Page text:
We often think of Peter’s call as the time when Christ walks by the Sea of Galilee and sees Peter and Andrew fishing. Jesus tells them to try the other side of the boat and they catch a lot of fish. Jesus then says, “Follow me and I will make you fishers of men.” Andrew and Peter drop everything, get out of the boat and follow Jesus. (Matthew 4:18-22)

This passage is sometimes used to illustrate Peter’s faith and willingness to let go of everything after one miracle. All of this is true, but it isn’t the first time that Jesus and Simon Peter met. In fact it was the third. This doesn’t take away from the fact that Peter boldly answered Jesus’s calling. It does illustrate the fact that we should follow Jesus’s calling every time he calls.

The Call To Believe

Andrew was originally a disciple of John the Baptist (John 1:35-42). John calls Jesus “the Lamb of God” which fascinates Andrew so much that he follows Jesus and spends the day with him. Convinced that Jesus was the messiah, he runs and gets his brother, Simon. It is in this first meeting that Jesus gives Simon the name Cephas (which means Peter). But there is no real explanation of the name until much later.

Sometime later, possibly later that day, but more likely after Christ’s temptation in the wilderness, Jesus spends some time at Andrew and Simon’s house. This is during the first miracles of his ministry which primarily consisted of casting out demons and healing. It was here that Jesus healed Simon’s mother-in-law. A casual miracle that fits in thematically with the turning water into wine miracle at the wedding. Rather than have a gathering inconvenienced by running out of drinks or a high fever, Jesus easily remedies the situation and they go back to business as usual. This is typical of the casual miracles that God performs in our lives. Often, without writing them down and reflecting on God’s amazing work we can even forget them. (Luke 4:38-39)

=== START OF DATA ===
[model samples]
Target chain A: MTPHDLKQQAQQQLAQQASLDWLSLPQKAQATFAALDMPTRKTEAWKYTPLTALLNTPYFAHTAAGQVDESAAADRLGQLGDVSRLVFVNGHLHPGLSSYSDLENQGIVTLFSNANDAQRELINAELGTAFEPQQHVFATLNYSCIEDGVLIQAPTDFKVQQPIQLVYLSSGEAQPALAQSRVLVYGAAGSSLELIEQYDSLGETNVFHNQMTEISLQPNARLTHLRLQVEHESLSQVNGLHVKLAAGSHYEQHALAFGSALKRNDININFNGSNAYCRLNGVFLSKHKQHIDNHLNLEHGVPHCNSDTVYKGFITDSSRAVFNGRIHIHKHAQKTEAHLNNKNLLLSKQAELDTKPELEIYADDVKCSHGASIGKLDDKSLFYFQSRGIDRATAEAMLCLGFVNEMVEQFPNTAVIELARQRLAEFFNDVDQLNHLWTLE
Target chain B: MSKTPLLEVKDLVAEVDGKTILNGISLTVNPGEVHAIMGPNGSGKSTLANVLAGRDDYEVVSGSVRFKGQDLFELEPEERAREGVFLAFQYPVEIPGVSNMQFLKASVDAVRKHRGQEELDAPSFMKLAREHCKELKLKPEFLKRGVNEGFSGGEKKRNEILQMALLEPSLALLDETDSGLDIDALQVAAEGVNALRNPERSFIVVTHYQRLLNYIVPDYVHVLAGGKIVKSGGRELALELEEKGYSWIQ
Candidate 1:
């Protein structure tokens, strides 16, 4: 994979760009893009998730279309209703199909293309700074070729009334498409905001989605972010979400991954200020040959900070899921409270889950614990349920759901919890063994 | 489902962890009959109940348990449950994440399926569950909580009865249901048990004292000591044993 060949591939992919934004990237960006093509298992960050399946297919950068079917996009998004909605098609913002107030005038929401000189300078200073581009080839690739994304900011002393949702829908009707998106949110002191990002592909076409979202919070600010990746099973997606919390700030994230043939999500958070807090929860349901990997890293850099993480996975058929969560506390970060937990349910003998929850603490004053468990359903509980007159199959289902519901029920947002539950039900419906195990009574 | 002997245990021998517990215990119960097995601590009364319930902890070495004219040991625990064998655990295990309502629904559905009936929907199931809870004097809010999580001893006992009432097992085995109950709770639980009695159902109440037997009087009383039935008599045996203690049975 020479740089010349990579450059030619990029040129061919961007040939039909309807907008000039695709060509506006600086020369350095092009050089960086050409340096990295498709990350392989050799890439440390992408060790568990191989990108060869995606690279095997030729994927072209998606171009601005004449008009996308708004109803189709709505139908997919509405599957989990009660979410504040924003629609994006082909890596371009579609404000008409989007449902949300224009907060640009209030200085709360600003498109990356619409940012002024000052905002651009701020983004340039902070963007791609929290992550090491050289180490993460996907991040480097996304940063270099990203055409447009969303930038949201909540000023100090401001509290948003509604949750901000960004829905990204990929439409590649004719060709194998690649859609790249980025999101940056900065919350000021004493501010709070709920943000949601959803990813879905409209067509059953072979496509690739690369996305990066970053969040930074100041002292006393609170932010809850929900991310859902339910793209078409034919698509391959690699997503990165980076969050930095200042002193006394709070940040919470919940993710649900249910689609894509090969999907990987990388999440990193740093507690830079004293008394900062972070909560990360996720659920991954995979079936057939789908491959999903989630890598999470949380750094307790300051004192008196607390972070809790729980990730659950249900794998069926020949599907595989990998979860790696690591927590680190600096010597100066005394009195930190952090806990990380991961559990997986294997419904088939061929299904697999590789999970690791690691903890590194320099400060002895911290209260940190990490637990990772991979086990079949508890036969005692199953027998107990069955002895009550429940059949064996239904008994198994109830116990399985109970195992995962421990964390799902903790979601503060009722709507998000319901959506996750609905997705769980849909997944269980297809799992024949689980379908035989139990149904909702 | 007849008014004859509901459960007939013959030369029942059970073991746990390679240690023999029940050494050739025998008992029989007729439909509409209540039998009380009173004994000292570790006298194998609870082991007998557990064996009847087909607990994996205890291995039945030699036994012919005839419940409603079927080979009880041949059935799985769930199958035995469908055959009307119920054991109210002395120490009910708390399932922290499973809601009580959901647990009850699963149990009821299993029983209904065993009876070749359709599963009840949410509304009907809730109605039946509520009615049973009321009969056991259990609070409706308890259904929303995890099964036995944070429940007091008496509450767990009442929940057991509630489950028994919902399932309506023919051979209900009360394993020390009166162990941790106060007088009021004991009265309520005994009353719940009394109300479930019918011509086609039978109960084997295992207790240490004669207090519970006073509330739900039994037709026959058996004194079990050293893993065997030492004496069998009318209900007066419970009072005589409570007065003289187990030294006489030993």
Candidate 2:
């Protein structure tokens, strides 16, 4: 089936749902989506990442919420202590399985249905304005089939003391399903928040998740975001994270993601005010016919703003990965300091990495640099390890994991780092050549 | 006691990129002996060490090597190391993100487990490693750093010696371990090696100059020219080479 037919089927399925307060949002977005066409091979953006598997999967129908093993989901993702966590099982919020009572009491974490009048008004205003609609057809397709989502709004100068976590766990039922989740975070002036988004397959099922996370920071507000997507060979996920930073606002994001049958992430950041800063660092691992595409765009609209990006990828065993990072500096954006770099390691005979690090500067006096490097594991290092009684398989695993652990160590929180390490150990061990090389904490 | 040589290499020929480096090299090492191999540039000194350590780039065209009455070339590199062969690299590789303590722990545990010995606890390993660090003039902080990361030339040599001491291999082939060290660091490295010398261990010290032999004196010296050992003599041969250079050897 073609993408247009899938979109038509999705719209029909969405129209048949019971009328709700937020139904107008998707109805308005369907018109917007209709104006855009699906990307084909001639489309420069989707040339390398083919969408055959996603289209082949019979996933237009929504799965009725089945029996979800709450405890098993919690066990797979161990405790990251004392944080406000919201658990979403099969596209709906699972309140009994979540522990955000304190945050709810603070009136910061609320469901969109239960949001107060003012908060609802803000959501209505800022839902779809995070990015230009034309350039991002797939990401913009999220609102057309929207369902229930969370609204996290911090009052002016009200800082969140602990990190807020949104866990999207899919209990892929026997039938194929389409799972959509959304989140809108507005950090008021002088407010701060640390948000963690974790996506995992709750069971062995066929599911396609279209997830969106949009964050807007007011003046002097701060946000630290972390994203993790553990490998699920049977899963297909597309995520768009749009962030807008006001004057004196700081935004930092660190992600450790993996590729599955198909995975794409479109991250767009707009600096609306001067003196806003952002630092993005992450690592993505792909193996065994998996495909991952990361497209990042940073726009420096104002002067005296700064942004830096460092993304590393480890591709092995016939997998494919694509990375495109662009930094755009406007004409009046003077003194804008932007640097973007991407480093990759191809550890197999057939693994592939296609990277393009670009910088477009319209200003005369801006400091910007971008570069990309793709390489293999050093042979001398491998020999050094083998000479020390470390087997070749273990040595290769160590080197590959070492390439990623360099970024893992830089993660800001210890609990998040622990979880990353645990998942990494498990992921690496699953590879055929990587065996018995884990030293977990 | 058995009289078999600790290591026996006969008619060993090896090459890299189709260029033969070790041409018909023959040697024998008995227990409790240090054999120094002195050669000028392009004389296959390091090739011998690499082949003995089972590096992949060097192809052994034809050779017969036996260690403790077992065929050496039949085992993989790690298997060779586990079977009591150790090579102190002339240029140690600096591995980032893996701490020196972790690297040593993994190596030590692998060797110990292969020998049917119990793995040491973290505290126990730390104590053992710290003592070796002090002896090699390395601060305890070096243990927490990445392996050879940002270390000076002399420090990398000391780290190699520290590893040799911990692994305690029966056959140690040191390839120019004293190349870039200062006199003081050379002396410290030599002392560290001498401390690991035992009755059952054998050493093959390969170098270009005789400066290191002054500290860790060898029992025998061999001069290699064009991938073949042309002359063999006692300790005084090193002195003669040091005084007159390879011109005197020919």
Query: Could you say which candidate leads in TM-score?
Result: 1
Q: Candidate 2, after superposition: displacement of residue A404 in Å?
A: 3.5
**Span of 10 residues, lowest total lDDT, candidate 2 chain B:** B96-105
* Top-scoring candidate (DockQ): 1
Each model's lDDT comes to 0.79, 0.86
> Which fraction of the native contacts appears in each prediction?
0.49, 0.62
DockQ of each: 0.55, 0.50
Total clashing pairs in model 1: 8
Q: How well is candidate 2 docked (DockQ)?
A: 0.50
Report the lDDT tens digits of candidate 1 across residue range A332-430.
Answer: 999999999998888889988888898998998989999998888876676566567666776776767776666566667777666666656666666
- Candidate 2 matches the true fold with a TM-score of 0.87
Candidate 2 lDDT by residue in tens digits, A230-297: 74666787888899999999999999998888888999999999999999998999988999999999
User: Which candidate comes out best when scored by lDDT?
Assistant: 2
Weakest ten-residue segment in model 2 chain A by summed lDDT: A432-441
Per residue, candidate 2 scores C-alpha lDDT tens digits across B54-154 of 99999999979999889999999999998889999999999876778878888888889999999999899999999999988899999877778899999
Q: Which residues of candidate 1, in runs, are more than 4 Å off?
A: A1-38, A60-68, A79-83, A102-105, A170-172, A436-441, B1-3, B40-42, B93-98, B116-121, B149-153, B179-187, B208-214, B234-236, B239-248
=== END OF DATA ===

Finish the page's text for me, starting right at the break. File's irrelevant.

The Call To Follow

It is at this point that Jesus meets Andrew and Simon fishing. Mark 1 makes it clear that John the Baptist has already been arrested at this point and Jesus had already begun his ministry. It is at this point in time that Jesus calls Andrew and Simon to be his disciples (not apostles yet). Simon and Andrew were not only fishing with their father and the hired servants. They were also fishing with James and John and their father. All four knew each other, worked together, and had undoubtedly discussed the events of John the Baptist, their previous conversations with Jesus, and the recent miracles happening. And after John was arrested Andrew returned to fishing, a foreshadowing of what the disciples would do after the arrest and death of Jesus.

The Call To Go To Your Neighbors

But even Peter’s calling while in the boat was not his call to become an apostle. That didn’t happen until much later in Matthew 10 when Jesus called his 12 disciples and sent them out to the “lost sheep of Israel” and preach that the kingdom of God is at hand. They are explicitly told not to go to the Gentiles and Samaritans, just to their own people group. Don’t worry about food or money. Just go, preach, heal, and raise the dead.

This was a big ask because typically the role of a disciple is to follow and learn. Now Jesus is flipping that and calling these specific 12 to go and do. Each calling that Jesus has given Peter has been progressively more challenging. But it becomes more and more clear that each call is built on what came earlier. Jesus renamed Peter the very first time they met when they were introduced by Andrew. But it wasn’t until Matthew 16:18-20 when Jesus asks Peter who does Peter say that Jesus is. Peter proclaims him to be the Christ, the son of the living God and Jesus says that “upon this rock I will build my church.” Jesus had been planning to build his church from the beginning. He had planned for Peter’s confession from the moment they met. But it took the revealing of the Holy Spirit for Peter to make that confession so much later.

The Call To Repent